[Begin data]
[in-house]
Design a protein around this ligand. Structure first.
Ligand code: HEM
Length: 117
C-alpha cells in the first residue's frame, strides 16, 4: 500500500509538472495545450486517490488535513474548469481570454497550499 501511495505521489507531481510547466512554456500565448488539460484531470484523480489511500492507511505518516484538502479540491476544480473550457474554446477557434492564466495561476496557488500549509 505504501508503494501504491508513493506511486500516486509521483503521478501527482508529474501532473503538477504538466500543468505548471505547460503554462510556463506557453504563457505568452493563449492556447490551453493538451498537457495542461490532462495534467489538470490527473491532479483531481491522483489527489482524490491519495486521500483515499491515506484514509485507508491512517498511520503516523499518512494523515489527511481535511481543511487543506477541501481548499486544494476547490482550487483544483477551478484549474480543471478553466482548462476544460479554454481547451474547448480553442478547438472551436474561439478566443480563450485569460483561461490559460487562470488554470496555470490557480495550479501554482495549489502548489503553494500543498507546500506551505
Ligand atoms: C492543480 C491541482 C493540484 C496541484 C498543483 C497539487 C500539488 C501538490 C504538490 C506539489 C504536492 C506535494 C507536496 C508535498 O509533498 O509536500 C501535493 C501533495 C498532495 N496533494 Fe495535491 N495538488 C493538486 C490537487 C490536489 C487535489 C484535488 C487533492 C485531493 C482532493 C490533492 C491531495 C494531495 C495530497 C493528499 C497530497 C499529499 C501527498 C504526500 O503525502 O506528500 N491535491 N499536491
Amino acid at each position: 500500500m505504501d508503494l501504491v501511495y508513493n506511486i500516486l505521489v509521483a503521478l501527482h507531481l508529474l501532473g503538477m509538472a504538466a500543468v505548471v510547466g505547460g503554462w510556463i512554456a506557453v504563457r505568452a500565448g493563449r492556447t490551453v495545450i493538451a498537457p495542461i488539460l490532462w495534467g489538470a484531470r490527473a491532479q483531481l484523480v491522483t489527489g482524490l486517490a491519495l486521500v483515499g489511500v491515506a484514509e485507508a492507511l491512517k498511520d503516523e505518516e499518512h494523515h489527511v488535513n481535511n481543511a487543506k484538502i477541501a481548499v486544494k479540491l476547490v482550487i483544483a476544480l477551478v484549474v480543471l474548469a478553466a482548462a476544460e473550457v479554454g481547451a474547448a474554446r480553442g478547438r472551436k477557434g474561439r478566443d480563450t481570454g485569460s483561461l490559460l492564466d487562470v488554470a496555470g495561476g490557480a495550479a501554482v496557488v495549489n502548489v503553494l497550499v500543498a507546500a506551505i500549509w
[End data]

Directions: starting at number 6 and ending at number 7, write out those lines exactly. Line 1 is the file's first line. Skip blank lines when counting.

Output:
Ligand atoms: C492543480 C491541482 C493540484 C496541484 C498543483 C497539487 C500539488 C501538490 C504538490 C506539489 C504536492 C506535494 C507536496 C508535498 O509533498 O509536500 C501535493 C501533495 C498532495 N496533494 Fe495535491 N495538488 C493538486 C490537487 C490536489 C487535489 C484535488 C487533492 C485531493 C482532493 C490533492 C491531495 C494531495 C495530497 C493528499 C497530497 C499529499 C501527498 C504526500 O503525502 O506528500 N491535491 N499536491
Amino acid at each position: 500500500m505504501d508503494l501504491v501511495y508513493n506511486i500516486l505521489v509521483a503521478l501527482h507531481l508529474l501532473g503538477m509538472a504538466a500543468v505548471v510547466g505547460g503554462w510556463i512554456a506557453v504563457r505568452a500565448g493563449r492556447t490551453v495545450i493538451a498537457p495542461i488539460l490532462w495534467g489538470a484531470r490527473a491532479q483531481l484523480v491522483t489527489g482524490l486517490a491519495l486521500v483515499g489511500v491515506a484514509e485507508a492507511l491512517k498511520d503516523e505518516e499518512h494523515h489527511v488535513n481535511n481543511a487543506k484538502i477541501a481548499v486544494k479540491l476547490v482550487i483544483a476544480l477551478v484549474v480543471l474548469a478553466a482548462a476544460e473550457v479554454g481547451a474547448a474554446r480553442g478547438r472551436k477557434g474561439r478566443d480563450t481570454g485569460s483561461l490559460l492564466d487562470v488554470a496555470g495561476g490557480a495550479a501554482v496557488v495549489n502548489v503553494l497550499v500543498a507546500a506551505i500549509w